An Interesting Character Study: Olivia from Twelfth Night

The character of Olivia in Shakespeare’s classic comedy Twelfth Night; or, What You Will is one of his more complex comic heroines, because of the inner conflict raging within the character after she falls in love with what she thinks is a young servant named Cesario (but is in fact a young woman named Viola in disguise).

As Kenneth McLeish and Stephen Unwin have noted, the character of Olivia is both the double and the opposite of Viola. They are both women who are simultaneous liberated and restricted by the action of the play: Olivia is liberated by her realisation that she loves Cesario (really Viola dressed as a boy), but she is restricted by her inability to know what to do with her feelings, and her reluctance to break out from the role she adopts at the beginning of the play – that of dignified mourner for both her father and brother – and confess her excited love for Cesario. Dramatic irony, i.e. what the audience knows but Olivia doesn’t know at this point, adds another restriction: the youth she has fallen in love with, Cesario, is really a young woman, someone she can never have.

The way the character of Olivia has been portrayed in productions of Twelfth Night has changed from production to production, and the change has been more pronounced than it has been in the case of most of Shakespeare’s other comic heroines. Until the beginning of the twentieth century Olivia was usually played as a stately Countess, with dignity and refinement, but more recently the character of Olivia has often been portrayed as a young, foolish girl. One of the most successful Olivias of recent years was actually played by a male actor, Mark Rylance, at Shakespeare’s Globe in 2012. Rylance imbued Olivia with a sense of decorum and primness, so that in the scenes where Olivia becomes carried away by her strong feelings for Cesario, the contrast is all the more noticeable (and all the funnier for it).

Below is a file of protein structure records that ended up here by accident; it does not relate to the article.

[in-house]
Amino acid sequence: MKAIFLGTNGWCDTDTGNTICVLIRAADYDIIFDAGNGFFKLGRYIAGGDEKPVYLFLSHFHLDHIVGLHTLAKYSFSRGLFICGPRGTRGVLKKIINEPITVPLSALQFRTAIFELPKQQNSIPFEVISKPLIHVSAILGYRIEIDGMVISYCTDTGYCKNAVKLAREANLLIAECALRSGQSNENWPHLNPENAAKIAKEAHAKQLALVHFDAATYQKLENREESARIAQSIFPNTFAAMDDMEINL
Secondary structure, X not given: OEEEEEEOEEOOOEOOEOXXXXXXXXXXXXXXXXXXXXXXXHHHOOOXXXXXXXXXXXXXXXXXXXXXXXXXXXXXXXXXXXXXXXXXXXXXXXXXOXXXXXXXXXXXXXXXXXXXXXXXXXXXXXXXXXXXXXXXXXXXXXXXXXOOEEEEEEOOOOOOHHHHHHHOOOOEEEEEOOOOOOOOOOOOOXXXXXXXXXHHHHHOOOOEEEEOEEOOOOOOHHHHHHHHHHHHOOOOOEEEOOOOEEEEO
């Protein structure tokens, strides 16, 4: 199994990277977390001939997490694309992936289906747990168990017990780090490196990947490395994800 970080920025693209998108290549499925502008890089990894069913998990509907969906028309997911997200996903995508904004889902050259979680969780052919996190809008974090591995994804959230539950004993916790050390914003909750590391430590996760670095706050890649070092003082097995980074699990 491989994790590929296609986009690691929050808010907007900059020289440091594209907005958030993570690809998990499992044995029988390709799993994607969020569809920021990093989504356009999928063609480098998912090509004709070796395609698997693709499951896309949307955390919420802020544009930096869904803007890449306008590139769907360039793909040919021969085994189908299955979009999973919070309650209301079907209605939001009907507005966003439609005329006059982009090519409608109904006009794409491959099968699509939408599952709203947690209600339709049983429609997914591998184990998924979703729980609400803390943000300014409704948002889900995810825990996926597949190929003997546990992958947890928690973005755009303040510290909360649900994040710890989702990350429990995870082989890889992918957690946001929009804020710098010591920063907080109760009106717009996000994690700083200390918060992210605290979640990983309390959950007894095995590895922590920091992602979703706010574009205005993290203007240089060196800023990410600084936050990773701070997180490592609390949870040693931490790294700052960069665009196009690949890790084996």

Olivia stands out in Twelfth Night because of her reluctance to take part in the frivolities involving the other characters. Sir Toby Belch, Sir Andrew Aguecheek, Maria, and even Viola, are all marked by their sociability with the other characters, whether it’s Sir Toby, Sir Andrew, Maria, and Fabian uniting to play their trick on Malvolio, or Viola deliberately adopting a disguise to get closer to Orsino. The two characters Olivia most closely mirrors are Orsino and, perhaps surprisingly, Malvolio. Orsino begins Twelfth Night pining away for Olivia; Olivia begins the play in mourning for her brother and father. But like Malvolio, Olivia’s cool, placid exterior is threatened by her more playful, foolish side when she falls in love with Cesario. Similarly, Malvolio is transformed from a stern steward into a smiling, yellow-stockinged and cross-gartered would-be suitor to Olivia when he is gulled by the other characters into believing he has a chance with Olivia. Both are deceived: Cesario doesn’t really exist, and Olivia doesn’t really fancy Malvolio.

The difference is that Olivia will, thanks to her chance meeting with Sebastian, get her Cesario, while Malvolio is destined to be thwarted in his desires. But then Olivia’s girlish giddiness when she falls for Cesario is utterly genuine, whereas Malvolio’s smiling exterior is just another disguise, designed to please the woman he believes he stands a chance of wooing.

1 thought on “An Interesting Character Study: Olivia from Twelfth Night”

  1. I agree—Mark Rylance provides one of the most remarkable interpretations of Olivia. He captures what must have been Shakespeare’s intent of a male actor portraying a woman.


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